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CAPITAL FORMATION IN THE UNWED MATES ED Jay TABLE 4 Summary Cost of Capital Calculations for the United States in 1984 (percent) 603 . . . Concept 10-year R&D Equipment Structures Ventures p After-tax cost of funds 0.091 0.091 0.091 ~ Expected inflation 0.047 0.047 0.047 ITC Investment tax credit 0.10 0 0.125a T Marginal corporate tax rate 0.503 0.503 0.503 ,B Portion of the ITC that reduces the basis of equipment for tax depreciation 0.5 0 0 Z Present value of depreciation allowance (under ACRS) 0.83 0.63 1.0 ~ Rate of economic decay 0.123 0.066 0.05 d Utilization delay (years) O O 10.0 C Gross cost of capital 0.169 0.151 0.106 NONE: A simplified version of the cost of capital equation is shown below. It ignores the tuning of taxes and assumes that magnitudes of the key parameters are relatively small: ~t4 (1 rrC7(1 OZ) (p ~ ~A) ~ ~ aInvestment tax credit of 0.125 on R&D assumes that only direct costs that constitute one-half of R&D expenditures are allowed under the 25 percent R&D tax credit. Of debt and equity, costs associated with taxes and credits, and Me cost associated with We economic depreciation of Me asset. The same calculations can be made for land and inventones, and when weighted appropriately yield He gross cost of capital services for a company, an industry, or a whole sector, as desired. Hatsopoulos and Brooks's methodology (note 3) shows Hat for He years given in Tables 2 and 3 He comparative weighted results are: Gross Real Cost of Capital Services (cents per year per dollar of capital) U.S. Japan 1975 15.5 3.0 1981 13.6 6.8 1984 13.0 8.2 This again illustrates how He Japanese policymakers kept capital costs low In order to spur He investments they deemed necessary to compete in world markets. They did this despite He sharp increase in inflation in the later 1970s, by controlling interest costs. Table 4 also gives a calculation for the cost of capital of an R&D project that lasts 10 years before it can be commercialized; although it can be ex- pensed in He year incurred under tax law, it is still a capital investment and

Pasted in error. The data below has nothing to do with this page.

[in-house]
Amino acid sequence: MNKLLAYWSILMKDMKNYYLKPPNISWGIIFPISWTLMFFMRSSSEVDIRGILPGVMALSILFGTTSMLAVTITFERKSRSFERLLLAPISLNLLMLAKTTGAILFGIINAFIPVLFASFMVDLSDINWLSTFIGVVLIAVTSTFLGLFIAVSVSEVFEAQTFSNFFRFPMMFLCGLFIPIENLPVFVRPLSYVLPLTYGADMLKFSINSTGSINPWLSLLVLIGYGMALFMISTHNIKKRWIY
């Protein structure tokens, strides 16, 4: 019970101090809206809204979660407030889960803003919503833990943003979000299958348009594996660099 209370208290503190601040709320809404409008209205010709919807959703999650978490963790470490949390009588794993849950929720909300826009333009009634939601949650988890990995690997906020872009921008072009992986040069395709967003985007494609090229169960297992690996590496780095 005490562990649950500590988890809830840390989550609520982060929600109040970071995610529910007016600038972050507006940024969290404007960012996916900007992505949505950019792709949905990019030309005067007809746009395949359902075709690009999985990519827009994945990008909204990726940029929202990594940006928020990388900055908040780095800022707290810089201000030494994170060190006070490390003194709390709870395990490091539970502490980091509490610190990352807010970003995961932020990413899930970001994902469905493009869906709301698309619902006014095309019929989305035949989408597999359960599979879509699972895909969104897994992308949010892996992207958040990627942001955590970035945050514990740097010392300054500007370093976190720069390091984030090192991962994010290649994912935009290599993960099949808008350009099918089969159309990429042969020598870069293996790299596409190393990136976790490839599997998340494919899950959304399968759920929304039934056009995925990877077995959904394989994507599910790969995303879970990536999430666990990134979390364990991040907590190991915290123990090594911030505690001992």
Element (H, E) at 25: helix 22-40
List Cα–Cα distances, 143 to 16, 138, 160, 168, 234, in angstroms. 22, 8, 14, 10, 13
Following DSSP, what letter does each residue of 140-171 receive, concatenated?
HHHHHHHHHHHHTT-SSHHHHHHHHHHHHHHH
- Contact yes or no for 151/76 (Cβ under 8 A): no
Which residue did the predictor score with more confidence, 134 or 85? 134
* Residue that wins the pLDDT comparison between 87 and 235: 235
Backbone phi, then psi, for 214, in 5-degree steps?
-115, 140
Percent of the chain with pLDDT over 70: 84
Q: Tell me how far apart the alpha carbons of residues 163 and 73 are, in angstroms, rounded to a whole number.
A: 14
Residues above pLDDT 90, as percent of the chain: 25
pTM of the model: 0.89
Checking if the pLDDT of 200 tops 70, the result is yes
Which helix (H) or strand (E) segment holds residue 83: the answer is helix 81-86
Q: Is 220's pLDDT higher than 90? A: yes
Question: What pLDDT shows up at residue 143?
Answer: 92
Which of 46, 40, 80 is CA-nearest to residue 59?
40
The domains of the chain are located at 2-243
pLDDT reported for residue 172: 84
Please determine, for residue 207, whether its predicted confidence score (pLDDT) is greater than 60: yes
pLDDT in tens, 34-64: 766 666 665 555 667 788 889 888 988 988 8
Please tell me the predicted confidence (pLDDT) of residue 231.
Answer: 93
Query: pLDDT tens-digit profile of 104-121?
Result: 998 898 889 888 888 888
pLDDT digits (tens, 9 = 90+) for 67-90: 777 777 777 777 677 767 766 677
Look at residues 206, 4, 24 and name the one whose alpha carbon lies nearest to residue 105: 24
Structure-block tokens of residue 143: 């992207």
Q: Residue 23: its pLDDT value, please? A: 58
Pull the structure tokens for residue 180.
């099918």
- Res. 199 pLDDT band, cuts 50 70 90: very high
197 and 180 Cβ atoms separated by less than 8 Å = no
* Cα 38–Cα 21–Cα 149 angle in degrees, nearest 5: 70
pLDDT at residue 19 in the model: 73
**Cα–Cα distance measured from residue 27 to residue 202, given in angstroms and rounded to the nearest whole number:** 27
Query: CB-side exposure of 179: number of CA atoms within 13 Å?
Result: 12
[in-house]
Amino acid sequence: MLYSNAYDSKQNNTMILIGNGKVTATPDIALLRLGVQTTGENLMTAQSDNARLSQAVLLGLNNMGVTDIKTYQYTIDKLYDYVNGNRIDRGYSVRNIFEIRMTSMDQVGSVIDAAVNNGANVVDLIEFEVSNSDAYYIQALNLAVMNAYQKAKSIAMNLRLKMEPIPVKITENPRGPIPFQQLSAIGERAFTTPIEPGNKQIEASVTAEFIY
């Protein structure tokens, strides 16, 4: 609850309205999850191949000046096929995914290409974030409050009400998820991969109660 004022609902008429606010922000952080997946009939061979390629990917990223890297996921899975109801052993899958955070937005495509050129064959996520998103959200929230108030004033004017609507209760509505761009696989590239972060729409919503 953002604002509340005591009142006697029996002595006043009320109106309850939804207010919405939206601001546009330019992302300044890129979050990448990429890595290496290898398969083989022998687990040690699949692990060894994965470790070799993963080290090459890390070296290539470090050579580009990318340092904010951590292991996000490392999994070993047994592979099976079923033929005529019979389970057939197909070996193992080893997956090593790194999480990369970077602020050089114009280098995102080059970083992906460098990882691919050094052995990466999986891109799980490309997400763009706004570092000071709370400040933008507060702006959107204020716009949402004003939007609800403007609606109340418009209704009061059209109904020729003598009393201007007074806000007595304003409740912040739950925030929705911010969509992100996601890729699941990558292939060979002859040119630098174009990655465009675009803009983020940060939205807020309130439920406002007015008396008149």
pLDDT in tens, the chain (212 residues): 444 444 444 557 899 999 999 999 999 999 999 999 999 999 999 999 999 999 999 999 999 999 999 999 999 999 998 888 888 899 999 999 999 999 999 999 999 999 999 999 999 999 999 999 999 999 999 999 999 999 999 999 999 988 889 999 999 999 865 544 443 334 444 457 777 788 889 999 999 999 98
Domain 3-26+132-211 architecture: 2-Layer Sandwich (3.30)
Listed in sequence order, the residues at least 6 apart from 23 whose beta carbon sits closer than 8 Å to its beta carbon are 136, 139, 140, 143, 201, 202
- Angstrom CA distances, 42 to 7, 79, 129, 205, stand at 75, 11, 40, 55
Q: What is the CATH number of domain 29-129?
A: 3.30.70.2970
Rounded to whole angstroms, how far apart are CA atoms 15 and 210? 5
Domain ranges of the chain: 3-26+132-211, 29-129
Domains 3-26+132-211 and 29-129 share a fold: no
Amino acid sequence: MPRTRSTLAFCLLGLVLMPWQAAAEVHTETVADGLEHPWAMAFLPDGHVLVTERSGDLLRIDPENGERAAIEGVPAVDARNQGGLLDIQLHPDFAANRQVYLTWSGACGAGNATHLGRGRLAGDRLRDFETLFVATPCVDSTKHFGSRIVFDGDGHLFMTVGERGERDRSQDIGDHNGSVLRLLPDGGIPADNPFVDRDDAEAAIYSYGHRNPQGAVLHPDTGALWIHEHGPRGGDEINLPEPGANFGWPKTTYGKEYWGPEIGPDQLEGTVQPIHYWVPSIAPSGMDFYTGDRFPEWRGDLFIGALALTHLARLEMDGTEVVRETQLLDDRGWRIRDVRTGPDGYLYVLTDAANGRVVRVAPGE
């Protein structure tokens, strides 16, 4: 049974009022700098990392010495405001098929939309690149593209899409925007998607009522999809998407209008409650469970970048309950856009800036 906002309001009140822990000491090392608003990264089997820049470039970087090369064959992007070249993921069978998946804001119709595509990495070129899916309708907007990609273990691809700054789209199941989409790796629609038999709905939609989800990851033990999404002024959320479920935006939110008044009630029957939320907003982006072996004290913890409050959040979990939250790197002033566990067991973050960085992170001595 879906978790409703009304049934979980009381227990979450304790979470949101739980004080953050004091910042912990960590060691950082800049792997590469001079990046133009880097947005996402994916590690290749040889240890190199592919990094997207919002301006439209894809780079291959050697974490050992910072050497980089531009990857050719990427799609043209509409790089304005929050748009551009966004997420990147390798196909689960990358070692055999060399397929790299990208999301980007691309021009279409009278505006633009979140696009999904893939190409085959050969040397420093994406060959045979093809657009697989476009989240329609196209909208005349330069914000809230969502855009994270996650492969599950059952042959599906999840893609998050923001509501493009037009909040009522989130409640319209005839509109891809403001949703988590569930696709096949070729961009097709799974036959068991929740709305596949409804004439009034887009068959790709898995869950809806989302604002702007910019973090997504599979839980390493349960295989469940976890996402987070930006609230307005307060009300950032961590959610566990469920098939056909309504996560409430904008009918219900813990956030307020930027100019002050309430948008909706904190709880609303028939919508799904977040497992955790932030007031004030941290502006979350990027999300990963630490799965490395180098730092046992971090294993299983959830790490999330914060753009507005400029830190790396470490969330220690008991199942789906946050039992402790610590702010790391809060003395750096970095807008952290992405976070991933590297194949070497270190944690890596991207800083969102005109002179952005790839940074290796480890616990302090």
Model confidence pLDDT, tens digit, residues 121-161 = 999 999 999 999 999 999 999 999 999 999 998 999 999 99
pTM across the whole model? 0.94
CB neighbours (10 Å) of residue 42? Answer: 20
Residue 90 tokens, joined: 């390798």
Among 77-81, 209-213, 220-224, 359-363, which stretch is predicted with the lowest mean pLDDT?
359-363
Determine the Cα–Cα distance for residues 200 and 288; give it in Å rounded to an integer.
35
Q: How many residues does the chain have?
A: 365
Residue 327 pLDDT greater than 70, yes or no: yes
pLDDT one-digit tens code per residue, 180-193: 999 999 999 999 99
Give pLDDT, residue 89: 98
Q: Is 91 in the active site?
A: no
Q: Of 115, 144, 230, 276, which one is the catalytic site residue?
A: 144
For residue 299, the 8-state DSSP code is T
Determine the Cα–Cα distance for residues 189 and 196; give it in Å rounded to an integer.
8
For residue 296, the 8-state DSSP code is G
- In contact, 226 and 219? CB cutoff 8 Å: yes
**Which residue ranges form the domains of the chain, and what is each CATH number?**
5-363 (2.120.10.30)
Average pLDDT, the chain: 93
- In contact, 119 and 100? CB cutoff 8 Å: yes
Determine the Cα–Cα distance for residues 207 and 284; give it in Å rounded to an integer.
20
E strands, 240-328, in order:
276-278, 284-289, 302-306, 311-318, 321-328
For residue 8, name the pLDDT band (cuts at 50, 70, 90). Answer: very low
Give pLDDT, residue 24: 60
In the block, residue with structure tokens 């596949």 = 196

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604 RALPH LANDAU and GEORGE N. HATSOPOULOS has a cost. In the case shown, that cost is 10.6 percent. As mentioned above, since company balance sheets do not reflect intangible investments in tech- nology, such investments may even be larger than tangible investments, as for example, at IBM. These basic differences between Japan and the United States are what have permitted the Japanese to invest approximately 2~/2 times as much in fixed assets per worker as their U.S. competitors, and they lie behind the manu- facturing productivity increase in Japan of 6.S percent per year between 1973 and 1983, compared with the 1.8 percent in the United States disclosed by Jorgenson (in this volume). The Japanese thus can compete very effectively in world markets for manufactured goods; the United States is fast losing its competitive position, as the chapters by Young and Hannay demonstrate. It is true that the United States has created many jobs in the service sectors, especially in smaller companies, but except perhaps for a few large financial institutions, the productivity and the competitiveness of the service sectors are far below those of the manufacturing sector. A furler conclusion from the data given above is that the cost of capital differential in Japan's favor would permit a Japanese company to invest in longer-term R&D projects, or to invest much more Han its American coun- terpart. Then, when the fruits of that R&D are to be implemented by physical investment as a completed innovation, the Japanese again enjoy an advantage. This double advantage in the more technologically based manufacturing in- dustries of the future bodes ill for the United States and suggests imminent moves for protectionism and its consequences, such as inflation and loss of markets elsewhere (e.g., in agriculture). One of the important questions raised by these studies is how the costs of capital compare with actual returns. Retums on investments, of course, are not necessarily the "hurdle" rates; Hey can be higher or lower, depending on the competitive situation, the economic climate, the state of the technol- ogy, and other factors. Management seeks the highest return that conditions permit, not just to retrieve the cost of capital. However, good data on actual returns are difficult to obtain, as they must be based on cash flows after tax and not on reported profits. Furthermore, accounting practices do not permit ready calculation of the cash flows of many corporations. It would appear that in recent years many U.S. corporations had a cost of capital above their returns and the stock market reflected this fact, which explains why market prices may be and often are below book value.9 This may be due to incom- petent management, powerful competition, excessive regulations, obsolete technology, poor labor contracts, or a whole host of possible problems. As mentioned above, this is what attracts leveraged buyouts and acquisitions at seemingly much higher Han such market pnces. The rise in the market in the last several years suggests that increased corporate cash flow aided by the tax advantages of the 1981 act (Accelerated Cost Recovery System and